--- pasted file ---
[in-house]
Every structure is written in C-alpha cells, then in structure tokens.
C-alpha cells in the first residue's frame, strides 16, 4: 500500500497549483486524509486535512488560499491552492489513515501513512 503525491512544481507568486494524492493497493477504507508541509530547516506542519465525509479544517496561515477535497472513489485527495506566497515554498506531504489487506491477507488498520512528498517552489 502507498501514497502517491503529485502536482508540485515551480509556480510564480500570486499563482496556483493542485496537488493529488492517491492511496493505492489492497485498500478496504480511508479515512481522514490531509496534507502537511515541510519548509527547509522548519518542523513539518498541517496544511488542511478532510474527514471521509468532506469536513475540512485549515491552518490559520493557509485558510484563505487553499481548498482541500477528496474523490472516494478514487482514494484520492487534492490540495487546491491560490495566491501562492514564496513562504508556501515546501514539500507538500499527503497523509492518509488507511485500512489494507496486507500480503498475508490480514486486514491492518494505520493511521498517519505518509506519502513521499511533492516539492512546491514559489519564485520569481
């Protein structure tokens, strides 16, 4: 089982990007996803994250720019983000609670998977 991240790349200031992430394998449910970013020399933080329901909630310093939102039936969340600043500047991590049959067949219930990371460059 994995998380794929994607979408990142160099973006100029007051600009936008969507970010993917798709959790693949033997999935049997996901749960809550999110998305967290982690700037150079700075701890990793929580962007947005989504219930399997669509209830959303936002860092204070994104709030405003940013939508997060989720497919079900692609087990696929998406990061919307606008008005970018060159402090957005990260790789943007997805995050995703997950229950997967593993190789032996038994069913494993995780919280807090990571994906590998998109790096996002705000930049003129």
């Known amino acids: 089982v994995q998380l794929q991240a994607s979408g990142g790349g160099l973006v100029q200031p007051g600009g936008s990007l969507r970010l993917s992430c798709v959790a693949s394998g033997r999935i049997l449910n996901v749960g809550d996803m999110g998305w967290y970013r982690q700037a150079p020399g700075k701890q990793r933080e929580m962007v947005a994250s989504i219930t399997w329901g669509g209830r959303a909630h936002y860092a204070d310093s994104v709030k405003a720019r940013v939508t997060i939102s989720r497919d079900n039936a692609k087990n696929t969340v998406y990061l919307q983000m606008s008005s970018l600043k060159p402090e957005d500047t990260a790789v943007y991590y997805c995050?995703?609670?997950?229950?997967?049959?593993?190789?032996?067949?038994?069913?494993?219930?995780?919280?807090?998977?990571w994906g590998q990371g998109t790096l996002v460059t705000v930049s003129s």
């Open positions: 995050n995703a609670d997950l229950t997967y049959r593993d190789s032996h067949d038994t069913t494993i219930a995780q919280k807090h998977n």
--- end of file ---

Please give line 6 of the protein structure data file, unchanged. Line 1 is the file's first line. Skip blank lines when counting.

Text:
């Open positions: 995050n995703a609670d997950l229950t997967y049959r593993d190789s032996h067949d038994t069913t494993i219930a995780q919280k807090h998977n």